Archive for the ‘daniela-blog’ Category

Skills for the creative industries – Virtual conference on UNESCO-UNEVOC’s online forum

September 29th, 2014 by Daniela Reimann

“Skills for the creative industries” is a virtual conference on UNESCO-UNEVOC’s online forum: http://en.unesco.org/events/skills-creative-industries-virtual-conference-unesco-unevocs-online-forum:

“In the next edition of UNESCO-UNEVOC’s virtual conferences, we will discuss the role of skills in the creative industries. The virtual conference will be moderated by Paul Collard, CEO of Creativity, Culture and Education (CCE), an international foundation dedicated to unlocking the creativity of children and young people in and out of formal education, based in Nottingham, United Kingdom. The conference will take place from 29 September to 10 October 2014 on UNESCO-UNEVOC’s e-Forum.

UNESCO’s 2013 Creative Economy Report refers to jobs in the creative industries as “activities involving cultural creativity and/or innovation”. The creative industries are recognized by UNESCO as a powerful source for “new development pathways that encourage creativity and innovation in the pursuit of inclusive, equitable and sustainable growth and development.”

The virtual conference will address the following questions:

• What are creative industries and what are the needs for skills?
• How can we turn the expansion of creative economies into an advantage for TVET and, in turn, what can TVET and skills development do to support the growth of the creative sector?
• What is the role of creativity in TVET?
• What are the different vocational pathways to creative jobs?
• What do we know about the creative industries and what do we still need to learn?

When, local time:
Monday, 29 September 2014 – 9:00am to Friday, 10 October 2014 – 5:00pm
Where:
Bonn
Type of Event:
Working group/Expert Meeting
Contact:
Alix Wurdak, a.wurdak@unesco.org +49 228 8150108

via UNESCO
http://en.unesco.org/events/skills-creative-industries-virtual-conference-unesco-unevocs-online-forum

LOGO UNESCO unevocs

  • Search Pontydysgu.org

    News Bites

    Zero Hours Contracts

    Figures from the UK Higher Education Statistics Agency show that in total almost 11,500 people – both academics and support staff – working in universities on a standard basis were on a zero-hours contract in 2017-18, out of a total staff head count of about 430,000, reports the Times Higher Education.  Zero-hours contract means the employer is not obliged to provide any minimum working hours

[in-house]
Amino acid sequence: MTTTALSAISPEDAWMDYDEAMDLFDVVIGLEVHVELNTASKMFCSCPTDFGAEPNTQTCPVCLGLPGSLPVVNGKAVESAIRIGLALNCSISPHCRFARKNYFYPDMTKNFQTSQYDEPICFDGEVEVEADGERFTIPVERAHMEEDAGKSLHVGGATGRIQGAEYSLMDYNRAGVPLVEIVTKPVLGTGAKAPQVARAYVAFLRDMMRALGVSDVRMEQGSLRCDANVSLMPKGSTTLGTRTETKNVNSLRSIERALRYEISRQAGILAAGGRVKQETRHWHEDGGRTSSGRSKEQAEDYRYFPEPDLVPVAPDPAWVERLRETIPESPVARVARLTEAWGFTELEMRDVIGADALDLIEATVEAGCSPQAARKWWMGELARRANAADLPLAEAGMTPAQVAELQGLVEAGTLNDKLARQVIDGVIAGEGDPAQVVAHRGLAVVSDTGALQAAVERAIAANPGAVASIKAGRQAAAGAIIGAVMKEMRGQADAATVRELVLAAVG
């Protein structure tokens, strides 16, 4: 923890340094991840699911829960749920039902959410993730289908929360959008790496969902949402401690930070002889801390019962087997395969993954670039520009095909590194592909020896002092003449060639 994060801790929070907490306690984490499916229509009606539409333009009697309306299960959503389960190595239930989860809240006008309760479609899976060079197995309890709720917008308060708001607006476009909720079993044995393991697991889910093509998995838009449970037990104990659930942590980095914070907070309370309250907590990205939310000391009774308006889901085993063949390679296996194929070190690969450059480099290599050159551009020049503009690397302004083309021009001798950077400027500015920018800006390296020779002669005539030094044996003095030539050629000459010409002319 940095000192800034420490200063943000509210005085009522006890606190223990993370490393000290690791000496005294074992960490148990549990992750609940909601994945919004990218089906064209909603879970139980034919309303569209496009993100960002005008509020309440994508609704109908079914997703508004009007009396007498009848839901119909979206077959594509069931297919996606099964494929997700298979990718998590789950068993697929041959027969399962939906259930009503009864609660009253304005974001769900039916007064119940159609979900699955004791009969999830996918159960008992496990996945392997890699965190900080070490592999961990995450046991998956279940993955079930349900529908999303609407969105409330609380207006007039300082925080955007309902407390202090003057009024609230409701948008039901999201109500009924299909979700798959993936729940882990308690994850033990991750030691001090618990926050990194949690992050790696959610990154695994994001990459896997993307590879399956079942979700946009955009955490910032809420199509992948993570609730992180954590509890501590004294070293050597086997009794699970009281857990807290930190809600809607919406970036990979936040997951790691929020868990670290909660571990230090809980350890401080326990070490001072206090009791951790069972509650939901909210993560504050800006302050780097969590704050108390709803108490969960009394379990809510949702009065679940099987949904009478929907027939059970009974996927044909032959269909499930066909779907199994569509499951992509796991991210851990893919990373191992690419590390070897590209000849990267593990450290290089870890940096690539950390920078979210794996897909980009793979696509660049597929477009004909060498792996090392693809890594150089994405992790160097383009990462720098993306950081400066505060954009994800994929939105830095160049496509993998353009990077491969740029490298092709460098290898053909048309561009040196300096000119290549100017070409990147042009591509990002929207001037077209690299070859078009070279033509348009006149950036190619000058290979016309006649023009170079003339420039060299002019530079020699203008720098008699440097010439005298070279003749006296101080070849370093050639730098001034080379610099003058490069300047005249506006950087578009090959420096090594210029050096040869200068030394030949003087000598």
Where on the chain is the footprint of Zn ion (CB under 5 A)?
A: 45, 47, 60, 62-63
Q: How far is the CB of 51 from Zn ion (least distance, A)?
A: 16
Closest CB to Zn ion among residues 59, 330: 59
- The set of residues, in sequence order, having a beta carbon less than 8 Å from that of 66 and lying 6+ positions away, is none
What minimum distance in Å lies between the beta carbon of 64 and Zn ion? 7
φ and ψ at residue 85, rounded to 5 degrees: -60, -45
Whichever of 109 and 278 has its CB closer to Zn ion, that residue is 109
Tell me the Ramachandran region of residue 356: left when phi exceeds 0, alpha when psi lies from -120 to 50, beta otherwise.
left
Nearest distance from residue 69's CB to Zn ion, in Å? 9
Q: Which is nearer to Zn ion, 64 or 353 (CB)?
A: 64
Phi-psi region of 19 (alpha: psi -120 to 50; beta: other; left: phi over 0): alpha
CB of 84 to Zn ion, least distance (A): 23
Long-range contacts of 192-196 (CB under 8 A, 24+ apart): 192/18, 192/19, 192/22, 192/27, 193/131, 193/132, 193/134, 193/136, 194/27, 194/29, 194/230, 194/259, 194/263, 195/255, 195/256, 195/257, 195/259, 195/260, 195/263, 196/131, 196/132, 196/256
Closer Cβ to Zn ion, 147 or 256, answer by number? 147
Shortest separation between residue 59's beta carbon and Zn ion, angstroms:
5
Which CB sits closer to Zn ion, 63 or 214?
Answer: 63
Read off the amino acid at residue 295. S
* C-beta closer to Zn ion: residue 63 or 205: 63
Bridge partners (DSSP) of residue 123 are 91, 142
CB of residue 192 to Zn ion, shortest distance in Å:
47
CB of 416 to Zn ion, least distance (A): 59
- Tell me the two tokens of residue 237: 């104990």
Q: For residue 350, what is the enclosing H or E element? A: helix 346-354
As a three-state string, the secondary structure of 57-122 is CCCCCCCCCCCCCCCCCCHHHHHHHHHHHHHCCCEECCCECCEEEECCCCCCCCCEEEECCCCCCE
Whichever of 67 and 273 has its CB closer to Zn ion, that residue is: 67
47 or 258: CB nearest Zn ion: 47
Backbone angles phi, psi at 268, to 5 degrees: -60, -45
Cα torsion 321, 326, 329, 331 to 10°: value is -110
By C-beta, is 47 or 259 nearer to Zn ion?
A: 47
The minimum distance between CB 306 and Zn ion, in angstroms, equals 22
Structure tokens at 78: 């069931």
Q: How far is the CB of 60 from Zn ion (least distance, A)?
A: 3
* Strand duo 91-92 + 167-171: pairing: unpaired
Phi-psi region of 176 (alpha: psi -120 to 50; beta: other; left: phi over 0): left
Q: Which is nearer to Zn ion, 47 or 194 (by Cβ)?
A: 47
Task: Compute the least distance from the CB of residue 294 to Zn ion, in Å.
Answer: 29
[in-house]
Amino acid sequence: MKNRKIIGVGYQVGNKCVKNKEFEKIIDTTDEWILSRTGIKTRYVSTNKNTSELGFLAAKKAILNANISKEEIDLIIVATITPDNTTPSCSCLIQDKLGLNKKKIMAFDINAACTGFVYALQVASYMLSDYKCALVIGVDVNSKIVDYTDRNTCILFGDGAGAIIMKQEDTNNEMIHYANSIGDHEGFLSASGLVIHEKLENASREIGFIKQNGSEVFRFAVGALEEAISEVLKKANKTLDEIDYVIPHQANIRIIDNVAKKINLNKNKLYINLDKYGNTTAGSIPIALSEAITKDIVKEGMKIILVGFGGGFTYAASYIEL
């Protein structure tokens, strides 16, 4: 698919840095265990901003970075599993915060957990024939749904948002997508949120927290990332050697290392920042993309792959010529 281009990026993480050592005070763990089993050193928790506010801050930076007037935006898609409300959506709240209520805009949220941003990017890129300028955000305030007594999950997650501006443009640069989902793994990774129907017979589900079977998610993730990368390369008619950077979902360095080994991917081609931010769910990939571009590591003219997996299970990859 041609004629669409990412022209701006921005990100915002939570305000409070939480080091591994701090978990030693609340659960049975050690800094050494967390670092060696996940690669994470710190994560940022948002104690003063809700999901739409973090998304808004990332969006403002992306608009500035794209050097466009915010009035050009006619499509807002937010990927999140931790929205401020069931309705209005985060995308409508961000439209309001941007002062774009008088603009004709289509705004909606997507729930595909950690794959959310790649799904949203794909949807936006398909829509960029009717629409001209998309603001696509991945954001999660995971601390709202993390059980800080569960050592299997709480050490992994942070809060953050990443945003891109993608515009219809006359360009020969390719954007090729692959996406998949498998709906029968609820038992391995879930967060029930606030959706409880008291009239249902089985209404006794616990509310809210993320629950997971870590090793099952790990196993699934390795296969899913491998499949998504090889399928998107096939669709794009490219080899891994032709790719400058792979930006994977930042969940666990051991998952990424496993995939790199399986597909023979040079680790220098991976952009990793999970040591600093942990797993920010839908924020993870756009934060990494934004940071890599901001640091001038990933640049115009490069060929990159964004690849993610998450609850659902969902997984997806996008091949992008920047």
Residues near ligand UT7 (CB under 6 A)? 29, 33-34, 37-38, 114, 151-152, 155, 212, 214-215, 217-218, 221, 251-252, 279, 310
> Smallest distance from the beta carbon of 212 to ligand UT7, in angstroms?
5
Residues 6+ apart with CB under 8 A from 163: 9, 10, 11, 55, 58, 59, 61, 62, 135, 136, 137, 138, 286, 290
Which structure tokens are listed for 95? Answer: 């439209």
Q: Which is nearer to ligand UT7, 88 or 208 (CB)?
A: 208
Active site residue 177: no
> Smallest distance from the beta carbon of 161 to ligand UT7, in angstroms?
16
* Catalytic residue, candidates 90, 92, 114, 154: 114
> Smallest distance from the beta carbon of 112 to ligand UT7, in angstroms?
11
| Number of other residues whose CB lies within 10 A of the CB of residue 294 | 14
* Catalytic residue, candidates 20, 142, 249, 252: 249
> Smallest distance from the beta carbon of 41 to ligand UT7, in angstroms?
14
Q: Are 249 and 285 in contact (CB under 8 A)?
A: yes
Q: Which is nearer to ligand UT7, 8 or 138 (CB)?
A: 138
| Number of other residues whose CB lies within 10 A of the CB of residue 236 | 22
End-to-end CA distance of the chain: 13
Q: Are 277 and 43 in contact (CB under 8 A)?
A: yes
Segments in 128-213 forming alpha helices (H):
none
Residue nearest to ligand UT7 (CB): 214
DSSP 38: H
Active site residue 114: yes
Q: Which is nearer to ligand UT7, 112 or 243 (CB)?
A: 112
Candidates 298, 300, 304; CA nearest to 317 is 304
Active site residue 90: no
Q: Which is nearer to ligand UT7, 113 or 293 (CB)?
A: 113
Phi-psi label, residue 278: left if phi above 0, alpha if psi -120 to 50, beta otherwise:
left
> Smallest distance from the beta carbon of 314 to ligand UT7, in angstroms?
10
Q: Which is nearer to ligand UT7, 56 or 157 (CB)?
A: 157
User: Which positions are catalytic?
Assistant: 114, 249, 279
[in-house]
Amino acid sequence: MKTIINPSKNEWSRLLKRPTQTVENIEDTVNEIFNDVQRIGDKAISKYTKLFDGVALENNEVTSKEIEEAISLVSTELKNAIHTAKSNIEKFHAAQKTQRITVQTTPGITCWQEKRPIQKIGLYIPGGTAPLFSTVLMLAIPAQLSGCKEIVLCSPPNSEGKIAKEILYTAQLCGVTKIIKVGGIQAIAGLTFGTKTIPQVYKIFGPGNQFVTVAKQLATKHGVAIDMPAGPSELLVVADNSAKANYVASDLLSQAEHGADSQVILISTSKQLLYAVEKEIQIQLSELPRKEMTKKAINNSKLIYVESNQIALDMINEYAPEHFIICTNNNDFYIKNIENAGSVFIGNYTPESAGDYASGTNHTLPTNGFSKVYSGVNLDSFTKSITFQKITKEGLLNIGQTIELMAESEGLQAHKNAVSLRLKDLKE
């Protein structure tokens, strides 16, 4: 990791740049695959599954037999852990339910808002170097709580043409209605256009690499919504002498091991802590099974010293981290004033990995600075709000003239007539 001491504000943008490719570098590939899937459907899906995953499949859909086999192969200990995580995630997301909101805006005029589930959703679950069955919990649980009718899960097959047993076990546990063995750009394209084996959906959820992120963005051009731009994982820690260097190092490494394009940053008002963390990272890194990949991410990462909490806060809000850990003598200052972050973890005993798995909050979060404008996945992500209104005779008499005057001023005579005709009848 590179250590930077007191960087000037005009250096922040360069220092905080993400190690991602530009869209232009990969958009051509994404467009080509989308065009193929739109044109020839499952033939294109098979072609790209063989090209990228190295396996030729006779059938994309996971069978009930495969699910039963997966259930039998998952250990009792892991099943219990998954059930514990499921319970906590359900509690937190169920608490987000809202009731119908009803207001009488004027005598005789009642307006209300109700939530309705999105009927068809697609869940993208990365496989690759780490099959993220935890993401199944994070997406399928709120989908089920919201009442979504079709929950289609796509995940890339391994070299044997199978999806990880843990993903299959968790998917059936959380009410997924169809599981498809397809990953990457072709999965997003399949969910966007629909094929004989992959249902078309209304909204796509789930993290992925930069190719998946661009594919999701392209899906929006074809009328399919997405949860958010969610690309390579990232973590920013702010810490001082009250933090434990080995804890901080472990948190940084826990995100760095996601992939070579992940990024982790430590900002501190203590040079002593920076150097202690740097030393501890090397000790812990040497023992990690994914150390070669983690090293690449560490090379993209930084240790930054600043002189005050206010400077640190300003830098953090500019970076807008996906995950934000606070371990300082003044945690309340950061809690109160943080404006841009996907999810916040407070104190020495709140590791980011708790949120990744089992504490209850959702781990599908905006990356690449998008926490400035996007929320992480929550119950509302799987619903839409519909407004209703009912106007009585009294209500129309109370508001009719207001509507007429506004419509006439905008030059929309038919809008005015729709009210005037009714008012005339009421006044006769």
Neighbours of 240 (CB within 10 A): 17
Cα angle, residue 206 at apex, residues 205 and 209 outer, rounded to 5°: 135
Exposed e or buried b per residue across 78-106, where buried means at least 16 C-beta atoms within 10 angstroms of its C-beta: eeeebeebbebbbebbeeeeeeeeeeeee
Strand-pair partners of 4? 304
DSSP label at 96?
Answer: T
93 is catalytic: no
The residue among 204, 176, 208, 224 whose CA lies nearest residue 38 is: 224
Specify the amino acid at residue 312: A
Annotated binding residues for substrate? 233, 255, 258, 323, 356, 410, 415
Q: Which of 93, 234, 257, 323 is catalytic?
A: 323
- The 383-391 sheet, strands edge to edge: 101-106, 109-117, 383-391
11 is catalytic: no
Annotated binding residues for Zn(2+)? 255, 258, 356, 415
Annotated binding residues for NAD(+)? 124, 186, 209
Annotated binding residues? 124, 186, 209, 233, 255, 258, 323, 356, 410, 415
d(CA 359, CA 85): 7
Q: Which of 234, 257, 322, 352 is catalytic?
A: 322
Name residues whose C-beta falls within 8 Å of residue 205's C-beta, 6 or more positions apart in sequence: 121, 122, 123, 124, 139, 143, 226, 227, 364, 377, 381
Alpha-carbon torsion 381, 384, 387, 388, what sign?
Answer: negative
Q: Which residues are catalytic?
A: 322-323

Separate figures that only look at the number of people who are employed on “atypical” academic contracts (such as people working on projects) show that 23 per cent of them, or just over 16,000, had a zero-hours contract.


    Resistance decreases over time

    Interesting research on student centered learning and student buy in, as picked up by an article in Inside Higher Ed. A new study published in PLOS ONE, called “Knowing Is Half the Battle: Assessments of Both Student Perception and Performance Are Necessary to Successfully Evaluate Curricular Transformation finds that student resistance to curriculum innovation decreases over time as it becomes the institutional norm, and that students increasingly link active learning to their learning gains over time


    Postgrad pressure

    Research published this year by Vitae and the Institute for Employment Studies (IES) and reported by the Guardian highlights the pressure on post graduate students.

    “They might suffer anxiety about whether they deserve their place at university,” says Sally Wilson, who led IES’s contribution to the research. “Postgraduates can feel as though they are in a vacuum. They don’t know how to structure their time. Many felt they didn’t get support from their supervisor.”

    Taught students tend to fare better than researchers – they enjoy more structure and contact, says Sian Duffin, student support manager at Arden University. But she believes anxiety is on the rise. “The pressure to gain distinction grades is immense,” she says. “Fear of failure can lead to perfectionism, anxiety and depression.”


    Teenagers online in the USA

    According to Pew Internet 95% of teenagers in the USA now report they have a smartphone or access to one. These mobile connections are in turn fueling more-persistent online activities: 45% of teens now say they are online on a near-constant basis.

    Roughly half (51%) of 13 to 17 year olds say they use Facebook, notably lower than the shares who use YouTube, Instagram or Snapchat.

    The survey also finds there is no clear consensus among teens about the effect that social media has on the lives of young people today. Minorities of teens describe that effect as mostly positive (31%) or mostly negative (24%), but the largest share (45%) says that effect has been neither positive nor negative.


    Other Pontydysgu Spaces

    • Pontydysgu on the Web

      pbwiki
      Our Wikispace for teaching and learning
      Sounds of the Bazaar Radio LIVE
      Join our Sounds of the Bazaar Facebook goup. Just click on the logo above.

      We will be at Online Educa Berlin 2015. See the info above. The stream URL to play in your application is Stream URL or go to our new stream webpage here SoB Stream Page.

  • Twitter

    @mimirinis thanks Mike - looks interesting

    About 3 hours ago from Graham Attwell's Twitter via Tweetbot for Mac

  • RT @FCChristie Interested in careers research? Then please join us. Excellent programme of speakers and workshops! Speakers including @rhordosy @ScurryTracy @pigironjoe @CiaranBurkeSoc twitter.com/agcas/status/1…

    About 5 days ago from Cristina Costa's Twitter via Twitter for Android

  • Sounds of the Bazaar AudioBoo

  • Recent Posts

  • Archives

  • Meta

  • Upcoming Events

      There are no events.
  • Categories